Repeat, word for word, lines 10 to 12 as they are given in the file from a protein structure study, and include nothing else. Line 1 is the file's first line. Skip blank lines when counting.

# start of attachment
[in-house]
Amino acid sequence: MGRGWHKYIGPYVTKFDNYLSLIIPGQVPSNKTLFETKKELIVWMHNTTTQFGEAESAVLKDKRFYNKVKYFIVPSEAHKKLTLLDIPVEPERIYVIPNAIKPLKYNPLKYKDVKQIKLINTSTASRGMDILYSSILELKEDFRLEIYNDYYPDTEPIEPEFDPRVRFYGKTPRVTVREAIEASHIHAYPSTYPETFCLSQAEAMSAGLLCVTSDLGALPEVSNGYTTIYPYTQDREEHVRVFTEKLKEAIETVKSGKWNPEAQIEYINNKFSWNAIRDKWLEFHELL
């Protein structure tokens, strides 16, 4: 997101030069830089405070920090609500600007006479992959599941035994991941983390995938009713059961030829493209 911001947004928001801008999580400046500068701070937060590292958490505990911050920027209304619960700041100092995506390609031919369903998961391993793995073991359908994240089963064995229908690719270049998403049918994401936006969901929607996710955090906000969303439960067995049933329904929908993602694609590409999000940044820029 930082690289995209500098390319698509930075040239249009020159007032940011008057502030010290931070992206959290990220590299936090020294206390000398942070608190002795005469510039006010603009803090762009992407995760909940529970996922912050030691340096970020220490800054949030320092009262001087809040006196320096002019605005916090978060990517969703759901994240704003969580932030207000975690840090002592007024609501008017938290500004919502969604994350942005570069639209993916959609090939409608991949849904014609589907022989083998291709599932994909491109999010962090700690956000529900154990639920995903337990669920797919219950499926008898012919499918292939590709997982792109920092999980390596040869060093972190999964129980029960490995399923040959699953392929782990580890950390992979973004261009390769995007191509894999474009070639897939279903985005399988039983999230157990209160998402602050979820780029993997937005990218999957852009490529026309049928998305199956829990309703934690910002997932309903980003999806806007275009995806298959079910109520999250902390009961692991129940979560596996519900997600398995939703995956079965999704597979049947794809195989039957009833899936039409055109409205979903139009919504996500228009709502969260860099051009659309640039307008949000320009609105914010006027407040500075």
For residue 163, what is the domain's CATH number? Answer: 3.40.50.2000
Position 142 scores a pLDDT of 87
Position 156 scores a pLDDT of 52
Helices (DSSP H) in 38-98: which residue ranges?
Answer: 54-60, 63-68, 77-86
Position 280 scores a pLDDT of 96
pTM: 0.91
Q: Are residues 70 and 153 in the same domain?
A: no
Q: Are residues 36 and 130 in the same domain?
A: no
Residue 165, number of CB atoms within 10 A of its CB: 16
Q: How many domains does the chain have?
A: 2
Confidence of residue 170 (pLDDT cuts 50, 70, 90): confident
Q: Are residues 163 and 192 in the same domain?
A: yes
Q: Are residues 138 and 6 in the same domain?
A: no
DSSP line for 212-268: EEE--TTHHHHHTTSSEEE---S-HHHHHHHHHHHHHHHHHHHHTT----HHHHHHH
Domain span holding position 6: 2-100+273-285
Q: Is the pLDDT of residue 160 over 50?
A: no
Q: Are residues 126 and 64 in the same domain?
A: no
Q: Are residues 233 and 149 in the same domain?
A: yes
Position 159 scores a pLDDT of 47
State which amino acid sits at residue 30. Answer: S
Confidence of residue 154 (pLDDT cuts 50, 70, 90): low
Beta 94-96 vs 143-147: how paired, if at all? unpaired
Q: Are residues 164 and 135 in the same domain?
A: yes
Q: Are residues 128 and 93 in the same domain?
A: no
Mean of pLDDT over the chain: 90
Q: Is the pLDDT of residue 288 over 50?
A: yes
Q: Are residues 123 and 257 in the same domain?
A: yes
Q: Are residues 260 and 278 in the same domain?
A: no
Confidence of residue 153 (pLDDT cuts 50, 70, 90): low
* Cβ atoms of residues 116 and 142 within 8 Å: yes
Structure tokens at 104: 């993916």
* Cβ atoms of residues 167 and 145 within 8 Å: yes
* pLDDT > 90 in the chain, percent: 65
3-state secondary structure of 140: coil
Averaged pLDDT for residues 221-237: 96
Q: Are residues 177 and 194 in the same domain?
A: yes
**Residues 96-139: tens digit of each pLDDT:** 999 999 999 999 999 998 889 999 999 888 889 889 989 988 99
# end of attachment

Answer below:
pTM: 0.91
Q: Are residues 70 and 153 in the same domain?
A: no